Buying a REO or foreclosure in Flowery Branch
What is an REO?
REO's or Real Estate Owned are houses which have completed the foreclosure process which the bank or mortage company now owns. This is unlike a property up for foreclosure auction. When buying a property during a foreclosure sale, you must pay at least the loan balance plus any interest and other fees added during the foreclosure process. The buyer must also be able to pay with cash in hand. To top everything off, you'll accept the property completely as is. That might include existing liens and even current residents that may require removal.
A REO, by contrast, is a much cleaner and attractive proposition. The REO property didn't find a buyer during foreclosure auction. Now the lender owns it. The lender will deal with the removal of tax liens, evict occupants if needed and generally arrange for the issuance of a title insurance policy to the buyer at closing. You should be aware that REOs may be exempt from normal disclosure requirements. In California, for example, banks are not required to give a Transfer Disclosure Statement, a document that usually requires sellers to reveal any defects they are knowledgeable of.
Is an REO in Flowery Branch a bargain?
It's commonly though that any REO must be a bargain and an opportunity for easy money. This isn't always true. You have to be cautious about buying a REO if your intent is to make money off of it. While it's true that the bank is typically anxious to sell it fast, they are also strongly motivated to get as much as they can for it. When pondering the value of a REO, you need to look closely at comparable sales in the neighborhood and be sure to take into account the time and cost of any repairs or remodeling needed to prepare the house for resale. It is possible to find REOs with money-making potential, and many people do very well buying foreclosures. However there are also many REO's that are not good buys and may not be money makers.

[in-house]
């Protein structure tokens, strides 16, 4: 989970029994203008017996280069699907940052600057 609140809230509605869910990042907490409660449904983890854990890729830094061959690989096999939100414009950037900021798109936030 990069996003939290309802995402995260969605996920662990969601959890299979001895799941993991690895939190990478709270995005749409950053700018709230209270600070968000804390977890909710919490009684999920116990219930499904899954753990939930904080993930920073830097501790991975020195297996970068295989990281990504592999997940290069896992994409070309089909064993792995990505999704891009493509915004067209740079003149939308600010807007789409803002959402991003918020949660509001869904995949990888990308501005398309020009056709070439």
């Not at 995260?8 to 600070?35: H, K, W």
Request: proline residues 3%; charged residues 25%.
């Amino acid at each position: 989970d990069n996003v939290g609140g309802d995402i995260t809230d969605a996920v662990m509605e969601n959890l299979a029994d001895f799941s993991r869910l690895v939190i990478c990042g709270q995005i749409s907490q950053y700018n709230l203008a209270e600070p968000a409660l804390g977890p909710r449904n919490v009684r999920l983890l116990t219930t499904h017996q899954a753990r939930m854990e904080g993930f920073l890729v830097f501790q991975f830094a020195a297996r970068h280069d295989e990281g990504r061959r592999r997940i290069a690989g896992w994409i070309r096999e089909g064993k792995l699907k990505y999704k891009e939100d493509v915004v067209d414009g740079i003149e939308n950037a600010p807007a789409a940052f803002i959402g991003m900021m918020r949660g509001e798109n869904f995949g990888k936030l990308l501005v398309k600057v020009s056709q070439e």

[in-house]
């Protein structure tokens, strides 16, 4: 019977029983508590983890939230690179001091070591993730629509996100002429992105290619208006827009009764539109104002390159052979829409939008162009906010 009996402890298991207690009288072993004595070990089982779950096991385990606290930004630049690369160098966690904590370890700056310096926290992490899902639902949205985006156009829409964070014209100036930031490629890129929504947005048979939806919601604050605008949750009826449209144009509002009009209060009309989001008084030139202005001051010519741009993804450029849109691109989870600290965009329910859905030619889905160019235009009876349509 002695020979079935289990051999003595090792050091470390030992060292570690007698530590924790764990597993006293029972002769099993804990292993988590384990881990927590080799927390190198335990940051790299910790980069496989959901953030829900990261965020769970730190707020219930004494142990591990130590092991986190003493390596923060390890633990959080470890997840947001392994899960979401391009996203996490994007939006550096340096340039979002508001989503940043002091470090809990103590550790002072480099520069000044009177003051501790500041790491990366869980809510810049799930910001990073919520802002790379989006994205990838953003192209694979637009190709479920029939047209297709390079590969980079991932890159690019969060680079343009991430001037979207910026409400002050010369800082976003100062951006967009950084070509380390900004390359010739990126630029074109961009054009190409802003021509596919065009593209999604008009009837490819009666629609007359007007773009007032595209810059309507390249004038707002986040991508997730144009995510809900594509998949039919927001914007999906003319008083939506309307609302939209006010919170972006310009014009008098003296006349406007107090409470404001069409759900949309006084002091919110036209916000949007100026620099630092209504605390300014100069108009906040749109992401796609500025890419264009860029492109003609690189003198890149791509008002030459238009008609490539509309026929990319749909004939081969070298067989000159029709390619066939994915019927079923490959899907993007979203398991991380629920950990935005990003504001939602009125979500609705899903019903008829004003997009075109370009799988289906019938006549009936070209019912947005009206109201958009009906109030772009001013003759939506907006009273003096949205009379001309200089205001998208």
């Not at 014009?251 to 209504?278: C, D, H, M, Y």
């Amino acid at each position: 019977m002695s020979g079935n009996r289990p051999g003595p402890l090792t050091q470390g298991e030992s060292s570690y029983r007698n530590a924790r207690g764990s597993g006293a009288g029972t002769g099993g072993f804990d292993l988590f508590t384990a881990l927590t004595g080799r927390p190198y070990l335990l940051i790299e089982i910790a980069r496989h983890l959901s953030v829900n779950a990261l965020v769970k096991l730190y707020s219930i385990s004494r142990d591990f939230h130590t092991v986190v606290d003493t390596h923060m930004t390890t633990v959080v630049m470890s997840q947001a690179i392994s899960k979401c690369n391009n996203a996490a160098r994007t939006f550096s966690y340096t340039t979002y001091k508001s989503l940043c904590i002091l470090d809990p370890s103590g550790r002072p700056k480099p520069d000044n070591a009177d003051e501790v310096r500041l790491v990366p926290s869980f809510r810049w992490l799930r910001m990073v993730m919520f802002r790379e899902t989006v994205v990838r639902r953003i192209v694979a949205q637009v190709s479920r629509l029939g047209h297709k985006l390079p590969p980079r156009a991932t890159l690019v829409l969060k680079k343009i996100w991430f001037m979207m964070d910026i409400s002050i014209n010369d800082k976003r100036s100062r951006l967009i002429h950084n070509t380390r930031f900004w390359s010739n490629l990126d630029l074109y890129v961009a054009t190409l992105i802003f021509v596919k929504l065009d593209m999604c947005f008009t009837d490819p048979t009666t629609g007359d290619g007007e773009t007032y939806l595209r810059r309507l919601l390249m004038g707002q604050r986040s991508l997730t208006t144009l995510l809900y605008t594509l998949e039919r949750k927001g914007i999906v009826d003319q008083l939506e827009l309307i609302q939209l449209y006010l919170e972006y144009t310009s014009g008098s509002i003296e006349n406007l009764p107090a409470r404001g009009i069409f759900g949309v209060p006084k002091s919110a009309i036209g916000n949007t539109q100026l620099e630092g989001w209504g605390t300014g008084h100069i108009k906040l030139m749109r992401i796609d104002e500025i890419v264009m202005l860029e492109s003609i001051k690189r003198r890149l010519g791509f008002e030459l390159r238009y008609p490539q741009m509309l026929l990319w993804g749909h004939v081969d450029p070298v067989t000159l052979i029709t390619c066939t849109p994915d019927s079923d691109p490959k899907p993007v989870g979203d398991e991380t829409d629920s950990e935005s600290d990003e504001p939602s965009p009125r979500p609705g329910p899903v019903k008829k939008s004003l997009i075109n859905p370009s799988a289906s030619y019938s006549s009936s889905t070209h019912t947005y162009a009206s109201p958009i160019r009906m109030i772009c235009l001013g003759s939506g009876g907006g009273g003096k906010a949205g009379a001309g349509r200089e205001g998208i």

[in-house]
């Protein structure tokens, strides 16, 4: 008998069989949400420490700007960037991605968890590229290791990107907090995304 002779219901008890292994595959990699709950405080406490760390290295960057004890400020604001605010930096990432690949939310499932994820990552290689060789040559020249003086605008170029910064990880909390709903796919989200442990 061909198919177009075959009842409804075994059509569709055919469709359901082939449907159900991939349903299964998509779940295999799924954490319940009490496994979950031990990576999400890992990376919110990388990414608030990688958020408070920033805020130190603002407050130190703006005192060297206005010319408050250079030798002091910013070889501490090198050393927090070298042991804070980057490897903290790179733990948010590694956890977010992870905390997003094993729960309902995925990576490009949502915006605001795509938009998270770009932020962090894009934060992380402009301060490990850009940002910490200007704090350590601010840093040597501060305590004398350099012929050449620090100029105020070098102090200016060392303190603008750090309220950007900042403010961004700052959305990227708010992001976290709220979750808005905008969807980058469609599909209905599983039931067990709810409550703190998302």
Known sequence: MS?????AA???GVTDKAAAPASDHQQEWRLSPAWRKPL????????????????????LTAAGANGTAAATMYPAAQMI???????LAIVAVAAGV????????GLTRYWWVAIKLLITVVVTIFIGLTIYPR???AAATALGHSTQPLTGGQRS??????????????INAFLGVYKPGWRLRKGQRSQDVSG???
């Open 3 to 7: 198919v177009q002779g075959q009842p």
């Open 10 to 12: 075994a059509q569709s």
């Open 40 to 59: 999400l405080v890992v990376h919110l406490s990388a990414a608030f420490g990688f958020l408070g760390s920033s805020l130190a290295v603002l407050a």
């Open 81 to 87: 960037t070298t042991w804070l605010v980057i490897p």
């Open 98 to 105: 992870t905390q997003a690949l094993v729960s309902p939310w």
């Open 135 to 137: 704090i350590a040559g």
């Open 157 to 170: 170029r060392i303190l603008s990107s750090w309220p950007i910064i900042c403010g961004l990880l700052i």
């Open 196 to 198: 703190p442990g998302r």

Prepared to make an offer?
Most lenders have a REO department that you'll work with while buying a REO property from them. Usually the REO department will use a listing agent to get their REO properties listed on the local MLS. Before making your offer, you'll want to contact either the listing agent or REO department at the bank and find out as much as you can about what they know concerning the condition of the property and what their process is for accepting offers. Since banks almost always sell REO properties "as is", you may want to include an inspection contingency in your offer that gives you time to check for unseen damage and withdraw the offer if you find it.
As with making any offer on real estate, providing documentation of your ability to pay may make your offer more attractive, such as a pre-approval letter from a lender. Once you've made your offer, you can expect the bank to counter offer. Then it will be your decision whether to accept their counter, or submit another counter offer. Be aware, you'll be dealing with a process that most likely involves a group of people at the bank, and they don't work evenings or weekends. It's typical for the process of offers and counter offers to take days or even weeks.